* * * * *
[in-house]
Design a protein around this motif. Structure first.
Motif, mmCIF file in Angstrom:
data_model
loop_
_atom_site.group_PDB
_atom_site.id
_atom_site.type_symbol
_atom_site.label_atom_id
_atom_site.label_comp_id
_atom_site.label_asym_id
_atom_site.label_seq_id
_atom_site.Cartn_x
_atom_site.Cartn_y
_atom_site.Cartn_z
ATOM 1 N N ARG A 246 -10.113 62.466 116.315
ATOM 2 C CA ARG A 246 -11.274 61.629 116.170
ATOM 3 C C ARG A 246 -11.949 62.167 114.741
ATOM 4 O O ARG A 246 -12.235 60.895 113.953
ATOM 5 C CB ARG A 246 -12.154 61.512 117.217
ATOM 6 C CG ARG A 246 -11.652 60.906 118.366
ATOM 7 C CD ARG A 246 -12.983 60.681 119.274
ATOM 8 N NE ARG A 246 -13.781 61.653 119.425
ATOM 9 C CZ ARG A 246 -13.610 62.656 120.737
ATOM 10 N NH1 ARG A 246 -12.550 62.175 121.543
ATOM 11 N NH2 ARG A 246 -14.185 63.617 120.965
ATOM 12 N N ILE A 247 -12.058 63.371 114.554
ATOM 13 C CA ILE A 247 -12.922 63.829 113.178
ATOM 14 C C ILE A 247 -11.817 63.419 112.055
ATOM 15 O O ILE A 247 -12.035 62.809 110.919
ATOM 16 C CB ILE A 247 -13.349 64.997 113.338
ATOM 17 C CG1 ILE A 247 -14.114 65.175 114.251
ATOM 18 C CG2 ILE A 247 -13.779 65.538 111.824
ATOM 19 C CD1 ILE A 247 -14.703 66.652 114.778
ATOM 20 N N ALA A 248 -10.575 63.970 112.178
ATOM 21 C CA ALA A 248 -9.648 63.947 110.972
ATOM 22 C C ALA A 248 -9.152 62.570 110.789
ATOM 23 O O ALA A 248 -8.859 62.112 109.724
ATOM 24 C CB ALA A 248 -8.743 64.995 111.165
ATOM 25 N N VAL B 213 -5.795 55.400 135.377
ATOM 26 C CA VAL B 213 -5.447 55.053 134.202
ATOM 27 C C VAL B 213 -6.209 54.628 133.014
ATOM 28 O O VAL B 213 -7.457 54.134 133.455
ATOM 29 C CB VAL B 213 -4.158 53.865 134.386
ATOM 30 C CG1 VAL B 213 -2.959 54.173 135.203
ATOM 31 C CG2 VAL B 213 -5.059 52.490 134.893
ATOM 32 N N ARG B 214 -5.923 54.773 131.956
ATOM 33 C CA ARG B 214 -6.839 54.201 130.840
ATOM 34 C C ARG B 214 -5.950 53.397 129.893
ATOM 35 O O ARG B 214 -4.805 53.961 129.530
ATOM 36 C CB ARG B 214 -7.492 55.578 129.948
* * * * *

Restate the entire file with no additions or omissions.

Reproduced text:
[in-house]
Design a protein around this motif. Structure first.
Motif, mmCIF file in Angstrom:
data_model
loop_
_atom_site.group_PDB
_atom_site.id
_atom_site.type_symbol
_atom_site.label_atom_id
_atom_site.label_comp_id
_atom_site.label_asym_id
_atom_site.label_seq_id
_atom_site.Cartn_x
_atom_site.Cartn_y
_atom_site.Cartn_z
ATOM 1 N N ARG A 246 -10.113 62.466 116.315
ATOM 2 C CA ARG A 246 -11.274 61.629 116.170
ATOM 3 C C ARG A 246 -11.949 62.167 114.741
ATOM 4 O O ARG A 246 -12.235 60.895 113.953
ATOM 5 C CB ARG A 246 -12.154 61.512 117.217
ATOM 6 C CG ARG A 246 -11.652 60.906 118.366
ATOM 7 C CD ARG A 246 -12.983 60.681 119.274
ATOM 8 N NE ARG A 246 -13.781 61.653 119.425
ATOM 9 C CZ ARG A 246 -13.610 62.656 120.737
ATOM 10 N NH1 ARG A 246 -12.550 62.175 121.543
ATOM 11 N NH2 ARG A 246 -14.185 63.617 120.965
ATOM 12 N N ILE A 247 -12.058 63.371 114.554
ATOM 13 C CA ILE A 247 -12.922 63.829 113.178
ATOM 14 C C ILE A 247 -11.817 63.419 112.055
ATOM 15 O O ILE A 247 -12.035 62.809 110.919
ATOM 16 C CB ILE A 247 -13.349 64.997 113.338
ATOM 17 C CG1 ILE A 247 -14.114 65.175 114.251
ATOM 18 C CG2 ILE A 247 -13.779 65.538 111.824
ATOM 19 C CD1 ILE A 247 -14.703 66.652 114.778
ATOM 20 N N ALA A 248 -10.575 63.970 112.178
ATOM 21 C CA ALA A 248 -9.648 63.947 110.972
ATOM 22 C C ALA A 248 -9.152 62.570 110.789
ATOM 23 O O ALA A 248 -8.859 62.112 109.724
ATOM 24 C CB ALA A 248 -8.743 64.995 111.165
ATOM 25 N N VAL B 213 -5.795 55.400 135.377
ATOM 26 C CA VAL B 213 -5.447 55.053 134.202
ATOM 27 C C VAL B 213 -6.209 54.628 133.014
ATOM 28 O O VAL B 213 -7.457 54.134 133.455
ATOM 29 C CB VAL B 213 -4.158 53.865 134.386
ATOM 30 C CG1 VAL B 213 -2.959 54.173 135.203
ATOM 31 C CG2 VAL B 213 -5.059 52.490 134.893
ATOM 32 N N ARG B 214 -5.923 54.773 131.956
ATOM 33 C CA ARG B 214 -6.839 54.201 130.840
ATOM 34 C C ARG B 214 -5.950 53.397 129.893
ATOM 35 O O ARG B 214 -4.805 53.961 129.530
ATOM 36 C CB ARG B 214 -7.492 55.578 129.948